A rampant Australian dollar failed to stop WA's mining industry shipping a record $106 billion in commodities last financial year, according to official figures, but recent savage swings in iron ore prices may mean the record stands for some time.
The WA Department of Mines and Petroleum annual digest, released yesterday, showed that iron ore dominated the rankings for the year ended June 2012.
As for previous years, it was the State's most valuable commodity, accounting for $61.1 billion or 75 per cent of total mineral sales in 2011-12, followed by gold with $9.4 billion.
However, the rosy picture was clouded by a small 2.4 per cent increase in the value of oil and gas products to $23.8 billion. A sharp drop in global oil prices and a stubbornly high Australian dollar - which reduces export earnings - were factors.
The report didn't pick up the savage slump and rebound in iron ore prices in the second half of last year, which analysts said would likely impact on the totals for 2012-13.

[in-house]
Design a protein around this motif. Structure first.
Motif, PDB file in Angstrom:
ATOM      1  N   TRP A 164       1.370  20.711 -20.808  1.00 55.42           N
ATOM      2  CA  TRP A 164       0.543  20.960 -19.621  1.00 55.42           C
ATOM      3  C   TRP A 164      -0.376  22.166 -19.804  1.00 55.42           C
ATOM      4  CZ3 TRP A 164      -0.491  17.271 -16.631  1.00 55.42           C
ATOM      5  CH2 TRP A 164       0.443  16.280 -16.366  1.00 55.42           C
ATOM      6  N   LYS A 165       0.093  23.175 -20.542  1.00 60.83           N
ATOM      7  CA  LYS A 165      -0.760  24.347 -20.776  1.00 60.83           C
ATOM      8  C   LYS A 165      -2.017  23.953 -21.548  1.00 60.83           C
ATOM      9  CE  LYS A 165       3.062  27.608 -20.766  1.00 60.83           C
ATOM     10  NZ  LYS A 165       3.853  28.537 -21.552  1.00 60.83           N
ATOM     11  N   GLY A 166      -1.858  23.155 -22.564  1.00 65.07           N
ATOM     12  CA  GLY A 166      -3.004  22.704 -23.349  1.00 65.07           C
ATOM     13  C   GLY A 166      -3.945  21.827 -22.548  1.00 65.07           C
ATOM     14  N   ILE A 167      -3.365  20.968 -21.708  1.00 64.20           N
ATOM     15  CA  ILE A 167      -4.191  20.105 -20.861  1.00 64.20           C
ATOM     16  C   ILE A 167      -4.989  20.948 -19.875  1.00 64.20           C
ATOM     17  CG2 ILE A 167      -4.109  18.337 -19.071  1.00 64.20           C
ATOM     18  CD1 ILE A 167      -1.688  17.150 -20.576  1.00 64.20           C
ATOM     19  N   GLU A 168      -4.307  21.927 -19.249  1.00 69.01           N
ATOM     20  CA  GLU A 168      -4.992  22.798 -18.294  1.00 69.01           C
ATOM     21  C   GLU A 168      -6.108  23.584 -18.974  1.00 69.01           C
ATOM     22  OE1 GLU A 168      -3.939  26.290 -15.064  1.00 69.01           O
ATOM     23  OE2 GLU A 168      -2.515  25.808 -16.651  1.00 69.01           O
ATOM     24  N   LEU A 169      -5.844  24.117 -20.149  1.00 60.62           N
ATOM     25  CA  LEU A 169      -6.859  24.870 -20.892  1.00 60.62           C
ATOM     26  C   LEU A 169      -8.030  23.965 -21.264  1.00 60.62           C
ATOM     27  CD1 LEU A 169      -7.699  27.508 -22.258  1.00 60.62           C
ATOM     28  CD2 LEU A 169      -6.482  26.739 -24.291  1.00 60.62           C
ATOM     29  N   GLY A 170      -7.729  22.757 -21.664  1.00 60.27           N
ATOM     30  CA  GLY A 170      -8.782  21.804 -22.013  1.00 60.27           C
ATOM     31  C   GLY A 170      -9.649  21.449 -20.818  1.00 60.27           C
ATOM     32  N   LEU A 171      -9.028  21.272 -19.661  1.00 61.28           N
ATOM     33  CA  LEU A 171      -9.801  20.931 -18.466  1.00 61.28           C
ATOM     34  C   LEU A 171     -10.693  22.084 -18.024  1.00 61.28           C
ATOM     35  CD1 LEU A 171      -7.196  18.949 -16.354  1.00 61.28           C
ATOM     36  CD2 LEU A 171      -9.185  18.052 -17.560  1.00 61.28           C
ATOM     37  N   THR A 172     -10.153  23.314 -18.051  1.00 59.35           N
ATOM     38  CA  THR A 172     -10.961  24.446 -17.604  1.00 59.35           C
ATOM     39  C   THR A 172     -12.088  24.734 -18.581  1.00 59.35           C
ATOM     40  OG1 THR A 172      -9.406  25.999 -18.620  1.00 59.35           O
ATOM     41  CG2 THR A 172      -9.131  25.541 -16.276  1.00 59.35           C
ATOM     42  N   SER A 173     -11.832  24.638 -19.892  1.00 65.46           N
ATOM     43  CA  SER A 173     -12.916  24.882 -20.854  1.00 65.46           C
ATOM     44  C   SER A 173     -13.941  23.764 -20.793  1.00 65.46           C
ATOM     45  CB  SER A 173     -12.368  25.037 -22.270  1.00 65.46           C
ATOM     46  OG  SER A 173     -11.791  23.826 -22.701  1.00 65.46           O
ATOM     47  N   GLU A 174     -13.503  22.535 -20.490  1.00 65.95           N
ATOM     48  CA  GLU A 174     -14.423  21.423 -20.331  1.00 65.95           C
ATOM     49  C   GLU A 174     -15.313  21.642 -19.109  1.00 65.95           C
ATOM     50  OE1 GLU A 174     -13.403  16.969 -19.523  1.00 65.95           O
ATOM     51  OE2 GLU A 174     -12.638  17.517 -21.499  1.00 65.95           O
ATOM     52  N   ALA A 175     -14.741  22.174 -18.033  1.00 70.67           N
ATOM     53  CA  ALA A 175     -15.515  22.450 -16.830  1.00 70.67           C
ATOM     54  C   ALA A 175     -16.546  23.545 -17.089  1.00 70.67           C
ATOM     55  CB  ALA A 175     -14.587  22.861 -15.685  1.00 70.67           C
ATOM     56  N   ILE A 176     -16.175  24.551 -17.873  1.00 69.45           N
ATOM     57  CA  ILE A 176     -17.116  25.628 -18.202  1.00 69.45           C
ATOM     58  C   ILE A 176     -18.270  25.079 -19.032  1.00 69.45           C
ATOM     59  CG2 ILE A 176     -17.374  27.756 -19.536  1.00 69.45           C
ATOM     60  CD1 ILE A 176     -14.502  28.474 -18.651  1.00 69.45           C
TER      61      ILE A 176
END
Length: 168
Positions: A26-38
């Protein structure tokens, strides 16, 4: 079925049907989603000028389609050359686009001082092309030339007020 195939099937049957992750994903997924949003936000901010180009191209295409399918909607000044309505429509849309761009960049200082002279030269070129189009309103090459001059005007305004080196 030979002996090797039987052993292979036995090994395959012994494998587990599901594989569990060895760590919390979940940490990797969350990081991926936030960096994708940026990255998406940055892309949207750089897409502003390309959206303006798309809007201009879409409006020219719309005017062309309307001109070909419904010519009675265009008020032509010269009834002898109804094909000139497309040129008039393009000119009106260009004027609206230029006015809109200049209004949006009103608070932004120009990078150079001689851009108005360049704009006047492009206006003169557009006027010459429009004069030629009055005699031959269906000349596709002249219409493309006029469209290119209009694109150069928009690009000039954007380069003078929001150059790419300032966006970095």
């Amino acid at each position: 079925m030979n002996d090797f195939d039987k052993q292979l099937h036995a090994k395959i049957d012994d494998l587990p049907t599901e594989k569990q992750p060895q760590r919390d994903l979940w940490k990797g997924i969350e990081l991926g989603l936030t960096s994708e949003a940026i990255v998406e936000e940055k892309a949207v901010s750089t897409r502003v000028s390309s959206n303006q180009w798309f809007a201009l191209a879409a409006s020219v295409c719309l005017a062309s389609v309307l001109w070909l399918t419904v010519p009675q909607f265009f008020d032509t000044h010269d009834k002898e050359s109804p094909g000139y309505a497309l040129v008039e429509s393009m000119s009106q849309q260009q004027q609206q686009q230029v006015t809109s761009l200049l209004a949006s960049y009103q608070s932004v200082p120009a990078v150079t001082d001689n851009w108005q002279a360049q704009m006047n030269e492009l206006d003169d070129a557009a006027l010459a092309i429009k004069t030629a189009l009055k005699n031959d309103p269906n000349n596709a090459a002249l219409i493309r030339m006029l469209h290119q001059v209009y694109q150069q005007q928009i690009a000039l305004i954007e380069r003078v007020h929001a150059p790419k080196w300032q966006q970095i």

Mines and Petroleum Minister Norman Moore said the industry had delivered a bumper royalty revenue stream to WA taxpayers, and that the Government had streamlined approvals.
"WA directly benefited from the $5.3 billion paid in royalties to the State Government in 2011-12, which is ultimately used to fund crucial areas such as education, health and infrastructure," he said in a statement.
Mineral exploration also increased to a record $2.1 billion, which was a jump of 32 per cent on levels a year ago, and 150 per cent higher than five years ago. About 70 per cent of this spending flowed to existing "brownfield" precincts.However, reflecting a glut of natural gas projects in WA, petroleum exploration expenditure dropped by 12 per cent, as companies swung their focus to existing projects. DIGGING DEEP 975 The number of operating mines in Western Australia
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